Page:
FOOD BY THE BOOK: Myth of 'Lost Cause' has been pervasive throughout our lifetime

Ty Seidule suggested red beans and rice as a Southern dish everyone can agree on. The dish is both a common recipe and as individual as the person preparing it. 

For true sons of the South, Ty Seidule’s new book “Robert E. Lee and Me: A Southerner’s Reckoning with the Myth of the Lost Cause” (St. Martin’s Press, 2021) may be a hard pill to swallow. I am not making this claim lightly. My own great-grandfather, like so many of his generation, was named in honor of the general in the late 1800s, a time of rising Jim Crow practices. Although I was not raised with any of the prejudice or hate, I can see that the myth of the Lost Cause has been pervasive throughout our lifetime, perpetuated in school and in popular culture. 

Seidule, whose most important claim is that the Civil War was about slavery and only slavery creates an undeniable argument against Lost Cause thinking. Having grown up in Virginia and Georgia and attending Washington and Lee for undergraduate studies, a reverence for Lee permeated his young life. To be like Lee and emulate his Southern, Christian gentleman persona was his goal. It was only when his wife questioned the truth of this upbringing that he began to examine its reality. 

As a brigadier general, historian, and professor at West Point, his research led him to view with startling clarity the facts through primary source Civil War generals’ own words, the real history of plantation life, the treatment of Black people during the Jim Crow era, the enshrinement of Lee at Washington and Lee University, and the perpetuation of Lee’s memory at West Point. Using Margaret Mitchell’s “Gone with the Wind” and popular children’s books and movies of the time, such as Disney’s “Song of the South” shown to millions of children on Sunday night on the Wonderful World of Disney, Seidule exposes the myth's many insidious entries into American minds.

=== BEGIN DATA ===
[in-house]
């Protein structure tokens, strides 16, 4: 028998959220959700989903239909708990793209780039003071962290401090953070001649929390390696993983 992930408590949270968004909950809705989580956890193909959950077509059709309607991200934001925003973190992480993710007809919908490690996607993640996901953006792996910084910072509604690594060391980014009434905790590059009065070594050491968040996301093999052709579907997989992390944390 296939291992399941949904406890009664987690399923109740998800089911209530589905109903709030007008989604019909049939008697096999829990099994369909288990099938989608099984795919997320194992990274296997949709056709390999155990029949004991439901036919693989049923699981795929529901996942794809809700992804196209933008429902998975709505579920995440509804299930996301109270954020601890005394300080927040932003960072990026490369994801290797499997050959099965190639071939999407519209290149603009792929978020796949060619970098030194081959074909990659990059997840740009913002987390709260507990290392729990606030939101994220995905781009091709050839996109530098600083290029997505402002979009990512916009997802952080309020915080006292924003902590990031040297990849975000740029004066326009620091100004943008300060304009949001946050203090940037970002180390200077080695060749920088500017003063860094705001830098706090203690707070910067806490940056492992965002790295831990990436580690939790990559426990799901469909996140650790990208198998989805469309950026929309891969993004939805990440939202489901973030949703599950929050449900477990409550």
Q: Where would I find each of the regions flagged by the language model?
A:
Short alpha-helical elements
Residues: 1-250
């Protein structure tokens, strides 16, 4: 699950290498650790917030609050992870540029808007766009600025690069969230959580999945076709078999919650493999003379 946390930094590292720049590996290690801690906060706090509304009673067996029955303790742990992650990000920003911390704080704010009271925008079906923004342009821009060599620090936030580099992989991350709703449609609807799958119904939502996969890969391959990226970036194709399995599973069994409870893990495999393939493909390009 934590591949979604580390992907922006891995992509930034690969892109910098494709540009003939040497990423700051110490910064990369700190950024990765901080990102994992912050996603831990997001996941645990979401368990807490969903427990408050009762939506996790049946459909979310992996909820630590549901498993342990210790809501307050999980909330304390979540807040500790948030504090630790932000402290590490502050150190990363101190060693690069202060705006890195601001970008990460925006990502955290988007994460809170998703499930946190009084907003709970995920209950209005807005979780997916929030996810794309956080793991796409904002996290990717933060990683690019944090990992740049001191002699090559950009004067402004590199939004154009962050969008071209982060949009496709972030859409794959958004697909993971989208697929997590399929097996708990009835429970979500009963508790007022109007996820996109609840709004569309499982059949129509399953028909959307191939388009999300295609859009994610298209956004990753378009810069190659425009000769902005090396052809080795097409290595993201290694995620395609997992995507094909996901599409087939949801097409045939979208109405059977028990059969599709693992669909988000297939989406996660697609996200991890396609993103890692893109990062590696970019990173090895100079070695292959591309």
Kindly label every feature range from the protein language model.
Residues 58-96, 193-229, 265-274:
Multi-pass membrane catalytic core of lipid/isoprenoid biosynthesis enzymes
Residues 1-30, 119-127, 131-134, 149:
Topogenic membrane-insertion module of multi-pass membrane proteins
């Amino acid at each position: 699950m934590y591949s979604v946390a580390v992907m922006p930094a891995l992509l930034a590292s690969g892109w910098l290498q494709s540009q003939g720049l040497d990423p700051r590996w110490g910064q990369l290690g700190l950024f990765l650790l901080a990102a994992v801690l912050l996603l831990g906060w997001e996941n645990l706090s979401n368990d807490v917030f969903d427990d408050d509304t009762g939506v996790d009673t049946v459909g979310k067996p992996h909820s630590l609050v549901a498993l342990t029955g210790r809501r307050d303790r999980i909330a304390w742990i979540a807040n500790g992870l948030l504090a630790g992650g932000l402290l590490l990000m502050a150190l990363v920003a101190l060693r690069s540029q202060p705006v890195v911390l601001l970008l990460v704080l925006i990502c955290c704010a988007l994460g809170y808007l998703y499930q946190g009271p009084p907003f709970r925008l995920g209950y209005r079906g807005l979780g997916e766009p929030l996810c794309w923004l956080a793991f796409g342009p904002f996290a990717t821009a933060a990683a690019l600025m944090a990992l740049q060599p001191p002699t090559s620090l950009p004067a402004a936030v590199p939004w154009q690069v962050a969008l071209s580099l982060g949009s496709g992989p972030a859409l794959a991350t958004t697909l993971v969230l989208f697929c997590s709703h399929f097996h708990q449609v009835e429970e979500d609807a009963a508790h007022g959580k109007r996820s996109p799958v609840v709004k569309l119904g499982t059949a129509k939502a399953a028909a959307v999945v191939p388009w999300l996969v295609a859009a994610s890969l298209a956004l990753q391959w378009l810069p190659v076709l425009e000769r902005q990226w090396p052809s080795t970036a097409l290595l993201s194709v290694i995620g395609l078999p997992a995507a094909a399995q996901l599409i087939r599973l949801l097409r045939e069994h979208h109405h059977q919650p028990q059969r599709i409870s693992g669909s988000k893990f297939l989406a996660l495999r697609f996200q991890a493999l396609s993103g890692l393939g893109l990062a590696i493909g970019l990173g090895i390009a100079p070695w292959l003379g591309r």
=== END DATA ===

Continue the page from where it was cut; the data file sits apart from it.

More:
Laying out fact after fact, Seidule concludes that Lee committed treason. As Seidule says, the Lost Cause is not only a myth, it is a lie. Letting go of the romance of the tradition, however, is not so easy. Our country continues to grapple with old thinking that can either send us backward or spark a higher transformation. To paraphrase what Seidule says of his own awakening, we know the questions, but not all the answers. Reading “Robert E. Lee and Me” is only the beginning.

Professor Seidule suggested red beans and rice for this column, a traditional Southern dish we can all agree on. You will get a better taste with dried beans, but as everyone knows, canned will also work.

Red Beans and Rice

1 cup dried red beans, preferably light red

1/2 lb. salt pork, ham hock, or diced smoked ham

1 tablespoon olive oil

1 onion, chopped

1/2 green pepper, chopped

1 stalk celery, chopped

1 clove garlic, minced

1 lb. smoked sausage, sliced

Cayenne to taste, about 1/2 teaspoon

2 bay leaves

Dash of ground thyme

Dash of basil leaves

1/2 teaspoon paprika

4 dashes Louisiana hot sauce

1 teaspoon Worcestershire sauce

2 cups cooked rice

Chopped parsley or green onions

Wash beans and quick soak. Sauté sausage in oil and drain. Sauté onion, green pepper, garlic, and celery until onion is translucent. Place all in a Dutch oven with ham hock, add next seven ingredients. Cover with water, cooking until beans are tender. (You can use your instapot according to directions for dry beans.) In the meantime, prepare the rice. When beans are done, if they are too runny, thicken them with a bit of flour and butter mixed together. Mash a few of the beans, if desired. Serve hot over rice and garnish with parsley and/or green onions.

Reach Melony Carey at foodbythebook@gmail.com or (918) 683-3694.

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